He Lived Hard, Died Young, and Was a Writer of World Experiences
I believe that when I am dead, I am dead. I think that with my death, I am just as much obliterated as the last mosquito you and I squashed.
Jack London (born John Griffith Chaney; January 12, 1876 — November 22, 1916). Though London died at 40, his cumulative life experiences far surpass those of most men who’ve lived twice as long, even at three times that span, most men could not pack in all the adventure and experience as Jack London had in those 40 years.
What comes to mind at the mention of Jack London? Most would say he was a great American fiction writer known for enduring works such as Call of the Wild, White Fang, and The Sea Wolf. And they’d be correct, but Jack London was so much more.
These dog stories, based at the same time and location as that of the Klondike Gold Rush, are essentially works of fiction. In truth, London could write such vivid accounts of these people and places because he was there to live them. He experienced the frozen, dreary, brutal landscape firsthand.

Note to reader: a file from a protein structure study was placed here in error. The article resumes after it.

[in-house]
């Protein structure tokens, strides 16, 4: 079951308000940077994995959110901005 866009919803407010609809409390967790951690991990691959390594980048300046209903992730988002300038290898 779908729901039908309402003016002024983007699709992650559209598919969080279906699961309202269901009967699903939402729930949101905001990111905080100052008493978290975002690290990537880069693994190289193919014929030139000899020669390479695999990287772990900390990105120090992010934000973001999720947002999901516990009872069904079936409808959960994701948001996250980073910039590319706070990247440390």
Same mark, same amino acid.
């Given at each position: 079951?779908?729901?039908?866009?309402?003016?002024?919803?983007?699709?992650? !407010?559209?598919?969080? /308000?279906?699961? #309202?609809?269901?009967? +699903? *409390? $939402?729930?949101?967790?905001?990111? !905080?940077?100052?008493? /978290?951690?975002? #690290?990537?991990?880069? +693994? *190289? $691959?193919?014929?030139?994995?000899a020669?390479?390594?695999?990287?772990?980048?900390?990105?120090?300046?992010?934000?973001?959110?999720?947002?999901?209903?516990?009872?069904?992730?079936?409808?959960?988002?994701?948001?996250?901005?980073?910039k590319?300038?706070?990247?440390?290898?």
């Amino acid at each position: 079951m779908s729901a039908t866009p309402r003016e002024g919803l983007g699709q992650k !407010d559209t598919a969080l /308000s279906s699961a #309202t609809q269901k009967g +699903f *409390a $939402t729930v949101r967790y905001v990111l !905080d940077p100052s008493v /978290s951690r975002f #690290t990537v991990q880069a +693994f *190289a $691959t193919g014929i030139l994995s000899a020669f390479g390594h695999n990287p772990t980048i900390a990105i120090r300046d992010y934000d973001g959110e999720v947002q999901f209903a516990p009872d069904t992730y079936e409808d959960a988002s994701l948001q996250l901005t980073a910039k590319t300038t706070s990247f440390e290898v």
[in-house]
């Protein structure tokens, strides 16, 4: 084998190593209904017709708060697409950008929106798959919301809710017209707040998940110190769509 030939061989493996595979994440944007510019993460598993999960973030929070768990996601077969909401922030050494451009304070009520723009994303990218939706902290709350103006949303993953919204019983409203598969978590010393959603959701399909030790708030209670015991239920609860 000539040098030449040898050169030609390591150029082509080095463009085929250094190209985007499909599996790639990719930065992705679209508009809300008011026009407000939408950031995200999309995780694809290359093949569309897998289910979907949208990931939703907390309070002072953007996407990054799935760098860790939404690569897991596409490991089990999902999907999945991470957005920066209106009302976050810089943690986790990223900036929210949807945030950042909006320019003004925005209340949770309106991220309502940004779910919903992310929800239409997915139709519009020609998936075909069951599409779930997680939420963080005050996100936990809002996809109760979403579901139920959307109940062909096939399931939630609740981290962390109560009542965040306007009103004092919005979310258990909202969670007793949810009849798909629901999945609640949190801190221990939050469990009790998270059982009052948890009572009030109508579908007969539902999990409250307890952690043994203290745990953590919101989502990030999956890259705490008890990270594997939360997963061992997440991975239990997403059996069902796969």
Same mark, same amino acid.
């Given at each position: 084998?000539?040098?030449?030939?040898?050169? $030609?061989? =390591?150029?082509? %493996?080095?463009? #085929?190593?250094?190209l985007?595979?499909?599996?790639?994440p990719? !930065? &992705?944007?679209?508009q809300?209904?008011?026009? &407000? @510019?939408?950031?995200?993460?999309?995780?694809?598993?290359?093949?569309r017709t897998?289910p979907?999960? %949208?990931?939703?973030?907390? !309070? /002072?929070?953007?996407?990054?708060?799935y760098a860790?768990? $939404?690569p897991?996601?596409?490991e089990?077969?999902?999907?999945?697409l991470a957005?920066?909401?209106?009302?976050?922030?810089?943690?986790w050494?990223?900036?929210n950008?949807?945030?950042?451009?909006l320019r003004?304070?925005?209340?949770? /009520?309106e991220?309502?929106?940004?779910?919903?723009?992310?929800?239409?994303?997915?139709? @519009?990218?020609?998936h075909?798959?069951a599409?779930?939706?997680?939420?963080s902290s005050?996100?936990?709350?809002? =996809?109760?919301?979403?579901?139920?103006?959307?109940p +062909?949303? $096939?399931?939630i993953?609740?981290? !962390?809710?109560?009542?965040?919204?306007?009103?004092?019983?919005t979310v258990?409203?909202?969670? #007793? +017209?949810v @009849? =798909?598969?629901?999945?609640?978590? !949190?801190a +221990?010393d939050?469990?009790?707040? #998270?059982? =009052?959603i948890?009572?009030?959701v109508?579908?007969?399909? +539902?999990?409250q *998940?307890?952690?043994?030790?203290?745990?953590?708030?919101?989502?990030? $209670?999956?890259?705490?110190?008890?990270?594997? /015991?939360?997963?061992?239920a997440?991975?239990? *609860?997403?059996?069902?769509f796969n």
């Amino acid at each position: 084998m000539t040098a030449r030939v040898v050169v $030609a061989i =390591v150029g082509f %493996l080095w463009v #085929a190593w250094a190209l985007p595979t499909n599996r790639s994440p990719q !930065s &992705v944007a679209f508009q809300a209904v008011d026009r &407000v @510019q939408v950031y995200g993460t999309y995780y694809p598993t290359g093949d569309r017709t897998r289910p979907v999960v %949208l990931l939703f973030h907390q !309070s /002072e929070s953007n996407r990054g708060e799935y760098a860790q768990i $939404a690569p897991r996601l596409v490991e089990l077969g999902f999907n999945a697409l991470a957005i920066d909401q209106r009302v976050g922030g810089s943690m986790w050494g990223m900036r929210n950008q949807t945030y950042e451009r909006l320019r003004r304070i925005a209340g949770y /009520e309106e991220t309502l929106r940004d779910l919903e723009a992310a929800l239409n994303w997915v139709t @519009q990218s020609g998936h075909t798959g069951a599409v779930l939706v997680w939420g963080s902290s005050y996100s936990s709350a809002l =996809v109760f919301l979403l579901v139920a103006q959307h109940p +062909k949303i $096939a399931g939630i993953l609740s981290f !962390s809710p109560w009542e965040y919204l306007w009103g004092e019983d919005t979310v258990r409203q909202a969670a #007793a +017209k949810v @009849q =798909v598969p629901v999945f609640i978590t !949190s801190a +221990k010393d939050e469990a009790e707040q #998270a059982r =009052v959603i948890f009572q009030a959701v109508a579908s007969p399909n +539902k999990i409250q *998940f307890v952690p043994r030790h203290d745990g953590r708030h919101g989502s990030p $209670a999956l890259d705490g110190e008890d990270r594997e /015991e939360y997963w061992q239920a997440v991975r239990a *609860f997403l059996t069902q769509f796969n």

These stories are based on his real-life experiences in the North while actually on the quest for gold at age 21. Did London strike any gold? Perhaps not in the literal sense. But as the most prolific and highest-paid author at the time, with so many life experiences to draw from, London struck his gold.
Besides those stories from the north, which most people are familiar with, he wrote dozens of short stories and essays based on those journeys north from the San Francisco Bay area where he was born and raised. Some of these more well-known stories are An Odyssey of the North, To Build a Fire, Love of Life, The White Man’s Way, and The White Silence.
London migrated north to the Yukon and Alaskan territories with thousands of other eager gold-seekers and sailed the Pacific south seas.
He learned to sail at an early age. Working as a sailor and owning several sailboats throughout his life, Jack London was more at home at sea than on land.